NY TFAs, 5 of 2034, traded at 1.81% while last Wednesday it traded at 2.31%.

Texas waters, 4s of 2049, traded at 2.14%.

A look at a recent deal from a AAA Texas higher ed issuer that priced last week shows how quickly yields can rise or fall in the secondary and how timing new deals is precarious in current conditions for issuers and dealers.

A look at trading Wednesday of Collin County, Texas community college district 5s of 2030 traded at 1.15%. They priced last week at 1.73%. 5s of 2028 were trading at 0.98% while were priced at 1.55% originally. All yields across the curve on this deal dropped precipitously in secondary trading.

Primary market
RBC Capital Markets priced Northwest Independent School District, Texas' (Aaa/ /AAA/ ) $181.545 million of unlimited tax school building and refunding bonds. The 10-year with a 5% coupon yielded 1.23% while the long bond, 4s in 2045, yielded 2.22% One trader said the deal saw some maturities six to 10 times oversubscribed and bumped as much as 10 basis points in spots.

In the competitive space, the Milwaukee Metropolitan Sewerage District sold $80 million of general obligation certified climate bonds to JPMorgan Securities. The bonds were third-party verified by Kestrel. The short end, 2s of 2021, yielded 0.88%, the 10-year with a 4% coupon yielded 1.34% and the 20-year, 2.625% yielded 2.63%.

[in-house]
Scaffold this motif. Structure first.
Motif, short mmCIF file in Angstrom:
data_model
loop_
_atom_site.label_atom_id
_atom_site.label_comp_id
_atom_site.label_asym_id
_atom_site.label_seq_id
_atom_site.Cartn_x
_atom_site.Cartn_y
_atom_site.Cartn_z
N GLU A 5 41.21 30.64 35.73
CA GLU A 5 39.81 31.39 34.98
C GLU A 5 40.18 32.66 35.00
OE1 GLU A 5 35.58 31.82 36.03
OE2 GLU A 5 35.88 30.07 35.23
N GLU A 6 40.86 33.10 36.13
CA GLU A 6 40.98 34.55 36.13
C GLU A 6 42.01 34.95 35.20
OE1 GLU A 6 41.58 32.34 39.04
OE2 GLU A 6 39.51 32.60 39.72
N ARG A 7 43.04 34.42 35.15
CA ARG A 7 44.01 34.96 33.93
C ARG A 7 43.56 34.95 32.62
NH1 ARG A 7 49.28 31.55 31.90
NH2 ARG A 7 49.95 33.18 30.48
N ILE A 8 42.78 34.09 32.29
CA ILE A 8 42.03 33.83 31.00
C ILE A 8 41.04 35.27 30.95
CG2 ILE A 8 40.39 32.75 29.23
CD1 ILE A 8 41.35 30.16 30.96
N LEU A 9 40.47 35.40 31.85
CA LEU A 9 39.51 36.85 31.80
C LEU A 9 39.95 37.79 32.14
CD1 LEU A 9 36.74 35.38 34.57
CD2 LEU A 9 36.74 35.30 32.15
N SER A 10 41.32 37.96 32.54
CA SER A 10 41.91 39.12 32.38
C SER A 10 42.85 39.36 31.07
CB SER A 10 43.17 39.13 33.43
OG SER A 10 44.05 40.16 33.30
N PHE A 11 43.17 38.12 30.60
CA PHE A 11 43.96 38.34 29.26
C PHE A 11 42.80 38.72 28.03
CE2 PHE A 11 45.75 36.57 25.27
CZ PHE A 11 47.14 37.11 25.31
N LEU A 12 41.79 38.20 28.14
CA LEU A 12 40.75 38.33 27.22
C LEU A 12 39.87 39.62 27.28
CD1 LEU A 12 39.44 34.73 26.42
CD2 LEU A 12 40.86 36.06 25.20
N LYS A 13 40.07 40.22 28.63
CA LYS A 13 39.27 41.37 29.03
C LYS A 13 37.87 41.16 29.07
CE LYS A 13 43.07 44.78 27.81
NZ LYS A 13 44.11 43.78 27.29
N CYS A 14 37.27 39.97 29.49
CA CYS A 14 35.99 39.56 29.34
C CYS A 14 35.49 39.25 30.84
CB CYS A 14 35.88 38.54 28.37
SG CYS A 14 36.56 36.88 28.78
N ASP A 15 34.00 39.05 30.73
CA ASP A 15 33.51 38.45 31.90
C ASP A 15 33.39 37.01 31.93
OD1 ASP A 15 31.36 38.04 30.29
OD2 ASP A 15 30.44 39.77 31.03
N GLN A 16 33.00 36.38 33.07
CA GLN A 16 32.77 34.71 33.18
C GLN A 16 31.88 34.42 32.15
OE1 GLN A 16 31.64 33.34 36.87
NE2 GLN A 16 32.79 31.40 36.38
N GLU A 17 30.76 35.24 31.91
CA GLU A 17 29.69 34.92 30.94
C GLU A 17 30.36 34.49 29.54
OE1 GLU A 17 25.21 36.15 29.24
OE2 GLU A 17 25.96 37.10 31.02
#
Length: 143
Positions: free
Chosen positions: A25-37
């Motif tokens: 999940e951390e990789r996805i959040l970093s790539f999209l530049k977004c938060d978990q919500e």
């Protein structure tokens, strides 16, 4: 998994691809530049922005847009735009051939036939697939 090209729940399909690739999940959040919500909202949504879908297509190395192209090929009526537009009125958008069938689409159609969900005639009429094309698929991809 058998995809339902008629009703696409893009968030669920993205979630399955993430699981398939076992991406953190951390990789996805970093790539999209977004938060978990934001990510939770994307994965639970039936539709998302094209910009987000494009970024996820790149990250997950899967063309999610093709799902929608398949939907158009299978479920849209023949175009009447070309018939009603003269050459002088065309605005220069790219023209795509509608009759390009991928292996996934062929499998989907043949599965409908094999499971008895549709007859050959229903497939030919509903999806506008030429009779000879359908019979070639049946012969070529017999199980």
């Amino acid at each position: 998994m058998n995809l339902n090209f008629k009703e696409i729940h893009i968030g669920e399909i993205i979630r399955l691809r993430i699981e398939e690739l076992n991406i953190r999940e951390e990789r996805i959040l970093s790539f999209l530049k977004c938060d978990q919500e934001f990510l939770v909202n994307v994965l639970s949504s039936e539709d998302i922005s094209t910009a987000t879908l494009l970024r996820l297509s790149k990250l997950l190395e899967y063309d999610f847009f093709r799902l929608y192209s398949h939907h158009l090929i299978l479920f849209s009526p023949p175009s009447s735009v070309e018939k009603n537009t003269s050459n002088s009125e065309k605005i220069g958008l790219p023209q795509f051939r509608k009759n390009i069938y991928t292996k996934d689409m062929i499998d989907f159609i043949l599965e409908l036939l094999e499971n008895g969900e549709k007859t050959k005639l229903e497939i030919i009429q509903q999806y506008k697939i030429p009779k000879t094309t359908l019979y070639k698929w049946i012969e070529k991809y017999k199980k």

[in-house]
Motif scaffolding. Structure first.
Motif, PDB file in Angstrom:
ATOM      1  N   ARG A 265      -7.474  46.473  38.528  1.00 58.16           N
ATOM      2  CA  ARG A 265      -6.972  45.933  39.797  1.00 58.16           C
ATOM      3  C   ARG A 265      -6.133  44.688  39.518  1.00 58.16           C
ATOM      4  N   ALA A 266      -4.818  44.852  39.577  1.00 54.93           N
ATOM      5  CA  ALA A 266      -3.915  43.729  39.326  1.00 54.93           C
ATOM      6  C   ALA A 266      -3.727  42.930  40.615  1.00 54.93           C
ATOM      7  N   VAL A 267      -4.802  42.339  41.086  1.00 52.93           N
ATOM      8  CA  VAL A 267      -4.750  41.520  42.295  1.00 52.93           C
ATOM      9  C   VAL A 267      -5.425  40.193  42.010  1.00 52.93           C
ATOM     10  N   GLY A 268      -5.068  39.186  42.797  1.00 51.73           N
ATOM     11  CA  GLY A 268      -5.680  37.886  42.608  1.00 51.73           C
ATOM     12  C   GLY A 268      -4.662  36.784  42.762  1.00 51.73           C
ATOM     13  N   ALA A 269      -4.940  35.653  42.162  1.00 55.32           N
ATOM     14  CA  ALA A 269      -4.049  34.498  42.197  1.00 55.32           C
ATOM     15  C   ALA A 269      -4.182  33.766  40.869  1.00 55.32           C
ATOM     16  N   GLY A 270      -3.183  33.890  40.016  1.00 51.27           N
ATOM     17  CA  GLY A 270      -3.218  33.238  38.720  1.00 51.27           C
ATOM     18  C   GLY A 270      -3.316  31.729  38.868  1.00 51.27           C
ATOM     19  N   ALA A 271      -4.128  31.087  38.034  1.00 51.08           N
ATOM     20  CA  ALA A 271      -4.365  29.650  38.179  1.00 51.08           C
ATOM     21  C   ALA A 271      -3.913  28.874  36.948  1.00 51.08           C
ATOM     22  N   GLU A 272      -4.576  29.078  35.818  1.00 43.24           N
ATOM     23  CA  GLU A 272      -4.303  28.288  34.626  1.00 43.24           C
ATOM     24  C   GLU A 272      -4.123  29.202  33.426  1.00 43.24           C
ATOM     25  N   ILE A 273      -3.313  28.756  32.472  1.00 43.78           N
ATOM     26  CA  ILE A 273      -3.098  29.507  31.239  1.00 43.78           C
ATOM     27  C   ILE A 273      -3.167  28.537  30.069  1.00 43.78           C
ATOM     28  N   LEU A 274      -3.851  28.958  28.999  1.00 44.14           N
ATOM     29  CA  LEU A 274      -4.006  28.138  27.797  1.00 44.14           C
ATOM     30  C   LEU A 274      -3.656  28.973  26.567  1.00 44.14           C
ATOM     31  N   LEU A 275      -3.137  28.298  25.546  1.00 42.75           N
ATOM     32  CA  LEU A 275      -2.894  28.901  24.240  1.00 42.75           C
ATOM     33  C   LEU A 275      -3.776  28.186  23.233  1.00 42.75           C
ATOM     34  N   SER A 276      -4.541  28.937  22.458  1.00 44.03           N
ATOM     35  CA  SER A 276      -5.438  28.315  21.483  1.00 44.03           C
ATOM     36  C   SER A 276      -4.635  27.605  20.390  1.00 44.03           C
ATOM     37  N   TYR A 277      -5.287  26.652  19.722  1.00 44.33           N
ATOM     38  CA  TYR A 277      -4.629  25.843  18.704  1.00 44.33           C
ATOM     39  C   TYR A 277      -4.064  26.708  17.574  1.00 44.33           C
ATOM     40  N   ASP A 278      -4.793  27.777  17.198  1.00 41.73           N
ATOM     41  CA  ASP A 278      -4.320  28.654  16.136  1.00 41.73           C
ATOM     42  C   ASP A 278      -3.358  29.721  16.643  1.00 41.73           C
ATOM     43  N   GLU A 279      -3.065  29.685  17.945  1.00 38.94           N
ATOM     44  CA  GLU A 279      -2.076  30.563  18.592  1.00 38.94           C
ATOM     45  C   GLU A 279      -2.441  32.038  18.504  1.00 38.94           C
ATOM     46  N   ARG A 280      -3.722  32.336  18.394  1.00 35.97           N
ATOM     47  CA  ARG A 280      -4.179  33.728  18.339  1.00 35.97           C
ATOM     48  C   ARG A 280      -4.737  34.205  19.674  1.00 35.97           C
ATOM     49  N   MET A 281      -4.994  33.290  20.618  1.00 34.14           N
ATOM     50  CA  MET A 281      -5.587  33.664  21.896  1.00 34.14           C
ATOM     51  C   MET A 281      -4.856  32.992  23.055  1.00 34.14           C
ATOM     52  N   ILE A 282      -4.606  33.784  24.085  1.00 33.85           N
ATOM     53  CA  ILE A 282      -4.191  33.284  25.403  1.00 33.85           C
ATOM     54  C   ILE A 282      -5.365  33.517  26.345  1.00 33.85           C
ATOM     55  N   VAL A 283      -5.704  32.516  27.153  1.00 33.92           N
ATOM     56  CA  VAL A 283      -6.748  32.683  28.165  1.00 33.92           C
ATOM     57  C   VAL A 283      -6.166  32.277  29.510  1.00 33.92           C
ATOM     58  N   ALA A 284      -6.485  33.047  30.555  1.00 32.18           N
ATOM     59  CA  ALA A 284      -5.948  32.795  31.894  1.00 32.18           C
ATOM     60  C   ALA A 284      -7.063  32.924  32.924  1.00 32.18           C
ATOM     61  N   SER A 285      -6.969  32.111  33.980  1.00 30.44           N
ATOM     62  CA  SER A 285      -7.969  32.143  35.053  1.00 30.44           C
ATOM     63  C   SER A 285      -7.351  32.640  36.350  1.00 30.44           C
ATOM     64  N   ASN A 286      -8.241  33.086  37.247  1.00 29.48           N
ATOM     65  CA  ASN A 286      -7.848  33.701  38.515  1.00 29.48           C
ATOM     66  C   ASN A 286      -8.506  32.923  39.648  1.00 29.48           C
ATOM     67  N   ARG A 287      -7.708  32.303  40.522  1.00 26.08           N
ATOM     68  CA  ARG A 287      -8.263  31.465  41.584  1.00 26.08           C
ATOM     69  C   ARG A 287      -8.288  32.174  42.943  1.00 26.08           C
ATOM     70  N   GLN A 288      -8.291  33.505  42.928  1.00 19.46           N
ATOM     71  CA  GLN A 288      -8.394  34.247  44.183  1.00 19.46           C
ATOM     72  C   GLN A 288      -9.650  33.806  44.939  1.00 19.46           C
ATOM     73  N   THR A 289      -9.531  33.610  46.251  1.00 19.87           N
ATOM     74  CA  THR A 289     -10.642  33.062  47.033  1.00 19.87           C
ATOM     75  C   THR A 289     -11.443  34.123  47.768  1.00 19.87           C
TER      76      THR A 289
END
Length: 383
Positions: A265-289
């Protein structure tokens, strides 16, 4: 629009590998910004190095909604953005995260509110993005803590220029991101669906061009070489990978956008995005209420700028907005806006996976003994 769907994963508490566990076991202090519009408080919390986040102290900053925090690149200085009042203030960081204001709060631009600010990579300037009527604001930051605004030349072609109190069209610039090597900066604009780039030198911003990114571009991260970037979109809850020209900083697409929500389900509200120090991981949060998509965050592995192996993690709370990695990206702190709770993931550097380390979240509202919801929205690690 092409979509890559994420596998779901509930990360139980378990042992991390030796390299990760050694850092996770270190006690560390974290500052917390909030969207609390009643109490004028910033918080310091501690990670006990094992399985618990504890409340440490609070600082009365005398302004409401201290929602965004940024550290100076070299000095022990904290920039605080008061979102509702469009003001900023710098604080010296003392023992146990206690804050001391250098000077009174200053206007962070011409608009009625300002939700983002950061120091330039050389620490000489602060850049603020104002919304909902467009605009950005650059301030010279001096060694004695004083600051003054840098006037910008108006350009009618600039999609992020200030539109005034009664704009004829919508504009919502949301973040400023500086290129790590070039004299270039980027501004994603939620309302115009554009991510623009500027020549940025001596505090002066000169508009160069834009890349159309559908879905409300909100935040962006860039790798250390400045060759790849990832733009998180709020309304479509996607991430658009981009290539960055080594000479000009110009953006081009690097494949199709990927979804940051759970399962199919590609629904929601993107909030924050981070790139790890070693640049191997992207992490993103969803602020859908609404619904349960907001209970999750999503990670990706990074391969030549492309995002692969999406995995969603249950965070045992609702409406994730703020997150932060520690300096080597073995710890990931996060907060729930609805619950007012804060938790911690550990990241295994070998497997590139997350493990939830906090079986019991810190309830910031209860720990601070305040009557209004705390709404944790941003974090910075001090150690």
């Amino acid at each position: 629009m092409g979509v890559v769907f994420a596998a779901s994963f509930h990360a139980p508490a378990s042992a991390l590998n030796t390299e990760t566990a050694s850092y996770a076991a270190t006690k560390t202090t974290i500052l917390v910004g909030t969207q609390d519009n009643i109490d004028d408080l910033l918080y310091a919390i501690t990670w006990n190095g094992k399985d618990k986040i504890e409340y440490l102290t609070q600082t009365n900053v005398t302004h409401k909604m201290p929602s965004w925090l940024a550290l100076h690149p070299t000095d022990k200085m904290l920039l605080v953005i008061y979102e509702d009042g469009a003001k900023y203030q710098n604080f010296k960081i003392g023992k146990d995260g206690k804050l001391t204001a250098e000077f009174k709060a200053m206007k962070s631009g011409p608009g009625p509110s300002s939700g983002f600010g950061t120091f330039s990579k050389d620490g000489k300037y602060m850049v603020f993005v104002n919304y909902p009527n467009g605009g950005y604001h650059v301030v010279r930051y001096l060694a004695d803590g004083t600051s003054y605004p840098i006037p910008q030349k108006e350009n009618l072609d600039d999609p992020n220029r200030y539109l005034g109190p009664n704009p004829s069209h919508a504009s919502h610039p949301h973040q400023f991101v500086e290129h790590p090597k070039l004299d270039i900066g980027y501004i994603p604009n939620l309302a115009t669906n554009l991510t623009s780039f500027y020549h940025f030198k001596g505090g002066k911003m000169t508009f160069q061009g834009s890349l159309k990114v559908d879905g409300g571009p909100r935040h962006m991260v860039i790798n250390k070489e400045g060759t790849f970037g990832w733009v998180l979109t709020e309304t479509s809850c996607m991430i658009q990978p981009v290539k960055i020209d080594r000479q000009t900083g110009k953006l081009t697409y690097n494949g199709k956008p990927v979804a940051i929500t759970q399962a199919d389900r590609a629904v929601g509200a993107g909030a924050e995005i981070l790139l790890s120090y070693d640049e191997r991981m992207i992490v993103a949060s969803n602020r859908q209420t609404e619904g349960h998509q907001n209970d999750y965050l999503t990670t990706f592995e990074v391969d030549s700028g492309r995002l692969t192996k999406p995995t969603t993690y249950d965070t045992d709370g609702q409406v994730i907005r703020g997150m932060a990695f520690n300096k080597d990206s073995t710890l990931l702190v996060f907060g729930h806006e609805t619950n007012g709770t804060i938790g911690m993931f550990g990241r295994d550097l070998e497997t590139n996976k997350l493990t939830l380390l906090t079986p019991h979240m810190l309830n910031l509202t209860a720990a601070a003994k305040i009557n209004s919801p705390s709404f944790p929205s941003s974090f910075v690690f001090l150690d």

Wells Fargo received the written award on Arizona Board of Regents of Arizona State University (Aa2/AA/ / ) $154.455 million of state system revenue bonds.

Wells was also awarded the written award on the Virginia Housing Development Authority’s (Aaa/AAA/NR/NR) $150.659 million of taxable noncall residential mortgage backed securities. The issue priced in one tranche in 2046 and yielded 2.75%

Secondary market data
Munis were stronger on the MBIS benchmark scale Wednesday, with yields falling by two basis points in the 10-year maturity and by four basis points in the 30-year maturities. High-grades were also stronger, with yields on MBIS' AAA scale decreasing by seven basis points in the 10-year and decreasing by less than a basis point in the 30-year maturity.